Creative Commons Software for LicensingBy Blane Warrene
I caught a blog entry on the Creative Commons site yesterday mentioning the latest release of ccPublisher for Windows and Mac OS X. Now I am a big Creative Commons licensing fan – yet I had never heard of this little app until almost missing it in my RSS feeds.
There is unfortunately little in the way of documentation – an overview for its use – though there is the skeleton beginning of a roadmap at the link above.
ccPublisher simply enables a user to drop an audio or video file (for which the program assumes you own the copyright or the right to authorize a license to) and allows you to select and apply a Creative Commons license to the file and upload to your own server or optionally upload it to archive.org (the Internet Archive – a destination worthy of some browsing time).
This in and of itself is not necessarily of front burner interest to web developers. However, having had to chase down royalty-free, right managed and other types of content (not too mention your own product – whether that be copy, images, software, etc.), the universe of content becoming available under CC licenses certainly is of interest.
From a second perspective, aside from the use of CC-licensed assets, developers can perhaps look forward to or contribute to an expanded licensing tool using ccPublisher as a prototype.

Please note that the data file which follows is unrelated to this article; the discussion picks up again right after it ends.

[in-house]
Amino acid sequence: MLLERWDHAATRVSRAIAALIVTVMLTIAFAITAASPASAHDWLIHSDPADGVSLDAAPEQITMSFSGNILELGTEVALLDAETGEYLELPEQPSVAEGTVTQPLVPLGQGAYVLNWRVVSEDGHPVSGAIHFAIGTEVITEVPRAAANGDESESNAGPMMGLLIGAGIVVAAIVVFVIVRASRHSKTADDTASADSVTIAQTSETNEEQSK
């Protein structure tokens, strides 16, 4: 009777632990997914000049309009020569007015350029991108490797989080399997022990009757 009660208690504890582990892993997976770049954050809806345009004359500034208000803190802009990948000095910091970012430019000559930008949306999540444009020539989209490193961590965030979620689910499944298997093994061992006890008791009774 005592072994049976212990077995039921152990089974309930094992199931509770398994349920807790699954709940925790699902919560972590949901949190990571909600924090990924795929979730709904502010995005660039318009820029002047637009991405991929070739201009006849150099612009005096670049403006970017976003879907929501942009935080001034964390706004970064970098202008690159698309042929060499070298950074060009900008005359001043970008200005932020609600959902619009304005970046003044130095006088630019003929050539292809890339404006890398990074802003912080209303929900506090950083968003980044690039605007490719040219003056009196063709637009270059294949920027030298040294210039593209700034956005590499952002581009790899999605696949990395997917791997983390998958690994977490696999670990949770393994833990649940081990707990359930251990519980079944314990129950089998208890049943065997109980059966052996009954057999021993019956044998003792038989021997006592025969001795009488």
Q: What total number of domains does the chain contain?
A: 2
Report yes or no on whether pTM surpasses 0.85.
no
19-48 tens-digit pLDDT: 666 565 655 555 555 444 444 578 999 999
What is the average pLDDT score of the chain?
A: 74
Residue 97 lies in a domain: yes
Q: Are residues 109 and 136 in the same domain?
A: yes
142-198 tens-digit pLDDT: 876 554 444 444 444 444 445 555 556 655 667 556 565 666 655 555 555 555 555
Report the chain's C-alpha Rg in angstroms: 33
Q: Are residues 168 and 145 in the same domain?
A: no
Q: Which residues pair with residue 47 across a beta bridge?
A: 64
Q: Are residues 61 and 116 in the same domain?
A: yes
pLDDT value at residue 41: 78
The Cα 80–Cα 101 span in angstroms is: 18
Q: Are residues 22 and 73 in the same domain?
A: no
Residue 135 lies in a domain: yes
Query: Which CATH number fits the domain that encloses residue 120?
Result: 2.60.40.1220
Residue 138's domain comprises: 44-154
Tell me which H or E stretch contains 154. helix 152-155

Though this product is certainly in its infancy — it is a much needed step in the direction of enabling content creators, developers and other handlers to implement licensing ‘within’ an asset (software, audio, video, text, and so on).
As a framework – it shows how the open source community could apply a methodology for tagging works they produce much in the same way proprietary content creators tag digital assets with digital rights management.
Imagine an application that contains the current licenses from the Open Source Initiative and Creative Commons and could embed or tag your digital assets prior to publication or deployment.
Take that a step further and consider an analysis tool that includes parameters of all approved licenses and a selection process where the asset owner runs through a matrix of questions that ultimately matches up your work(s) with applicable licenses.
In one of my recent columns Eric Raymond noted a license selection tool is something the Open Source Initiative has on its radar. I have also been sent or stumbled across some attempts at building matrices of open source licenses to help in the selection process.
One way to insure momentum builds for a tool(s) such as this is to contribute in some form or fashion – whether that be documentation, feature requests, bug and patch testing, development, money or some other activity. For sure, if the demand grows for open source licensing tools for developers and users, they will come.